All analyses were weighted to take into account the different probabilities of a respondent being selected in the sample. Prevalence was expressed as a percentage. As our objective was to assess the modifying effects of SES and area of residence on the association between MDE and AUD, we first cross-tabulated MDE and AUD across levels of SES and area of residence variables. Then we examined the associations between MDE and either hazardous drinking or harmful-dependent drinking using univariate analysis. We then used multinomial logistic regression to test association between MDE and these variables with AUD. In all models, AUD was the dependent variable with three categories; non-problem drinking (reference category), hazardous drinking, and harmful-dependent drinking while MDE (yes/no) was the main independent variable. Potential confounding variables that we assessed in the analyses included age, sex, marital status, religion, smoking status, and presence of a chronic illness. Next, we assessed effect modifications by wealth index, education, employment, and area of residence by including interaction terms in the models. Wald’s chi-square tests were used to evaluate the significance of these interactions.

Lastly, to observe whether the association between MDE and AUD varied by wealth index, education, employment, and area of residence, we then stratified our analyses by levels of the potential effect modifiers whose interaction terms were statistically significant. Adjusted odds ratios (AOR) and 95% confidence intervals (CI) were presented to assess the strength of the associations. Statistical significance was evaluated at the 0.05 level and all tests were two-sided.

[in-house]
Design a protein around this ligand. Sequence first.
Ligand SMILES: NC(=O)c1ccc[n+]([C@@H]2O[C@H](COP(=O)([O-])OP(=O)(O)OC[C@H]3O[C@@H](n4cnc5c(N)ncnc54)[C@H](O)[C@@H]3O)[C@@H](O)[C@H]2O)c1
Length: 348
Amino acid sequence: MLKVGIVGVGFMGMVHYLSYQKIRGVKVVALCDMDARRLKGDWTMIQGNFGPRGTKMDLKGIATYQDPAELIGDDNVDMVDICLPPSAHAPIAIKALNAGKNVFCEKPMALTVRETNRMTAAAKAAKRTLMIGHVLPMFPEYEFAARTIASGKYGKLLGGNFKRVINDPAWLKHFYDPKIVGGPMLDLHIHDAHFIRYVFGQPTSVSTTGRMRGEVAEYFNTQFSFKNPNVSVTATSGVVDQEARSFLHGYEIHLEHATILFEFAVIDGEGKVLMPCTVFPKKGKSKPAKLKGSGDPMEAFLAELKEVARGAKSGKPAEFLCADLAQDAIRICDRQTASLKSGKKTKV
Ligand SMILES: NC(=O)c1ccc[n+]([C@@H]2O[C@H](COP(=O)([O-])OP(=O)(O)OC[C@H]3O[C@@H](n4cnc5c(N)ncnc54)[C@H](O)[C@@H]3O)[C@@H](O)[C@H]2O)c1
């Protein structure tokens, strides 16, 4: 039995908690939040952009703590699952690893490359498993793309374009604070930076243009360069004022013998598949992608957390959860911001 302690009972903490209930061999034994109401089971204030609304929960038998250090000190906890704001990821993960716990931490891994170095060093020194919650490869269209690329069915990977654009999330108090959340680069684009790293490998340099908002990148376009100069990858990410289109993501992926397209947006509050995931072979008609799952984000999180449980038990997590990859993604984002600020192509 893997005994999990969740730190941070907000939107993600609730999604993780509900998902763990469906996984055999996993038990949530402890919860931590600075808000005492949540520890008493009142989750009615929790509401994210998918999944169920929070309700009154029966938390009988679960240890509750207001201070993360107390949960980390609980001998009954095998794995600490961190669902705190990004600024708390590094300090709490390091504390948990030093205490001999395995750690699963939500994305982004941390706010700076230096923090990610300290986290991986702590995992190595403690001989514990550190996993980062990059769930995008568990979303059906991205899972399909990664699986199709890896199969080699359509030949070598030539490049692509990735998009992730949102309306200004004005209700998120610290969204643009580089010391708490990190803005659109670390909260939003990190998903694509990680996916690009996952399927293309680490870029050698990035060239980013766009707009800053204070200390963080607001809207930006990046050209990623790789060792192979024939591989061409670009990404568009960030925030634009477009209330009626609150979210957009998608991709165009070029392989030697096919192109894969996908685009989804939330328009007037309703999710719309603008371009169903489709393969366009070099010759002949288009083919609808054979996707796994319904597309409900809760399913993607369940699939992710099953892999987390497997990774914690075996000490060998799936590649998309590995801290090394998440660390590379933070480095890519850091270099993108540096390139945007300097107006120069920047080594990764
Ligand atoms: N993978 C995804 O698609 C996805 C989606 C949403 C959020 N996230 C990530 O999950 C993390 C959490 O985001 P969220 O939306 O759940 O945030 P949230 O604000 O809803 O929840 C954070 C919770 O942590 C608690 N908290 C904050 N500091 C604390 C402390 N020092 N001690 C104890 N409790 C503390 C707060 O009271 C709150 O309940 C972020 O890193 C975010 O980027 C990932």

Participant characteristics

Altogether, 13,177 participants (51.8% female) were included in the analysis. The mean age of the participants was 46.7 years (SD: 15.7) and 70.5% were married or in a de facto relationship. Of all participants, 57.8% had no formal education or had attained only a primary school level of education, 55.6% were employed in labor type work while 34.1% were employed in private or government work, and 10.3% were unemployed; 56.5% were living in rural areas.

Based on the AUDIT, 10.3% (95% CI: 9.8, 10.8) and 1.9% (95% CI: 1.7, 2.1) were classified into hazardous drinkers and harmful-dependent drinkers, respectively while 2.5% (95% CI: 2.3, 2.7) met the criteria for MDE in the past 12 months before the survey. Approximately 20% (95% CI: 18.9, 20.3) were current smokers. Chronic diseases were found among 41.7% (95% CI: 41.2, 43.0) of participants, with 10.2% (95% CI: 9.6, 10.7) having diabetes mellitus, 29.2% (95% CI: 28.1, 30.4) hypertension, 11.6% (95% CI: 10.4, 12.7) cholesterolemia, 3.3% (95% CI: 3.0, 3.7) cardiovascular diseases and stroke, 0.8% (95% CI: 0.7, 0.9) cancers and 15.3% (95% CI: 14.7, 15.8) other diseases.